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Reparametrization of Protein Force Field Nonbonded Interactions Guided by Osmotic Coefficient Measurements from Molecular Dynamics Simulations

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posted on 15.03.2017, 00:00 authored by Mark S. Miller, Wesley K. Lay, Shuxiang Li, William C. Hacker, Jiadi An, Jianlan Ren, Adrian H. Elcock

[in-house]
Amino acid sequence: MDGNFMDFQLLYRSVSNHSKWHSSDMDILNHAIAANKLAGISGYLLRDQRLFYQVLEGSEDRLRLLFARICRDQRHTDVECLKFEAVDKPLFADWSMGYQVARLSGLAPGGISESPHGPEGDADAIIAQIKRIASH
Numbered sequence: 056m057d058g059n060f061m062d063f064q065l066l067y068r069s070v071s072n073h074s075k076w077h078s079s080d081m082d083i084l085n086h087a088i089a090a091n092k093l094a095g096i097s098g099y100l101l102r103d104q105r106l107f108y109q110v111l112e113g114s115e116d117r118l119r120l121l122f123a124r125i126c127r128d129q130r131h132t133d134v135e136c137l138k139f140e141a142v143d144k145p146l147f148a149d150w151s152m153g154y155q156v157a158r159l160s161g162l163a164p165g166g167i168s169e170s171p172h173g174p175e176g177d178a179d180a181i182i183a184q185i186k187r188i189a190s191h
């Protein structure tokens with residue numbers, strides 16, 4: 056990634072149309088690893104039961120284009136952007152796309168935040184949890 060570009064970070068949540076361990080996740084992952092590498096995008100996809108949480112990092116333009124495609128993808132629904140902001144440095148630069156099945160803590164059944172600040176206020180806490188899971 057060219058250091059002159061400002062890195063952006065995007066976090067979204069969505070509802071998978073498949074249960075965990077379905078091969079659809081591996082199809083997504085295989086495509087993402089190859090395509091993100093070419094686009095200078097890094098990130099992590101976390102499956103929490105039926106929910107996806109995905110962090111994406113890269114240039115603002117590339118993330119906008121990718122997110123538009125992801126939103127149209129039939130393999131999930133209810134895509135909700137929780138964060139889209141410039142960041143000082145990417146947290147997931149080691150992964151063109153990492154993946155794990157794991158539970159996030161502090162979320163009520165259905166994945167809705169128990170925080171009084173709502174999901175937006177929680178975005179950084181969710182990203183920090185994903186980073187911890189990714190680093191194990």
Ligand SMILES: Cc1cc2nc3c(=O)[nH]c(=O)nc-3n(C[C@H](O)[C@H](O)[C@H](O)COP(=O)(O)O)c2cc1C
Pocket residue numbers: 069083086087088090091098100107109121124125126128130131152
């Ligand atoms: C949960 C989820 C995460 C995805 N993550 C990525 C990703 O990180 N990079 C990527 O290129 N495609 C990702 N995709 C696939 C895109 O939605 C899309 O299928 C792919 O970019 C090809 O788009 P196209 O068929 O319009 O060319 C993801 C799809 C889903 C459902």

There is a small, but growing, body of literature describing the use of osmotic coefficient measurements to validate and reparametrize simulation force fields. Here we have investigated the ability of five very commonly used force field and water model combinations to reproduce the osmotic coefficients of seven neutral amino acids and five small molecules. The force fields tested include AMBER ff99SB-ILDN, CHARMM36, GROMOS54a7, and OPLS-AA, with the first of these tested in conjunction with the TIP3P and TIP4P-Ew water models. In general, for both the amino acids and the small molecules, the tested force fields produce computed osmotic coefficients that are lower than experiment; this is indicative of excessively favorable solute–solute interactions. The sole exception to this general trend is provided by GROMOS54a7 when applied to amino acids: in this case, the computed osmotic coefficients are consistently too high. Importantly, we show that all of the force fields tested can be made to accurately reproduce the experimental osmotic coefficients of the amino acids when minor modifications–some previously reported by others and some that are new to this study–are made to the van der Waals interactions of the charged terminal groups. Special care is required, however, when simulating Proline with a number of the force fields, and a hydroxyl-group specific modification is required in order to correct Serine and Threonine when simulated with AMBER ff99SB-ILDN. Interestingly, an alternative parametrization of the van der Waals interactions in the latter force field, proposed by the Nerenberg and Head-Gordon groups, is shown to immediately produce osmotic coefficients that are in excellent agreement with experiment. Overall, this study reinforces the idea that osmotic coefficient measurements can be used to identify general shortcomings in commonly used force fields’ descriptions of solute–solute interactions and further demonstrates that modifications to van der Waals parameters provide a simple route to optimizing agreement with experiment.

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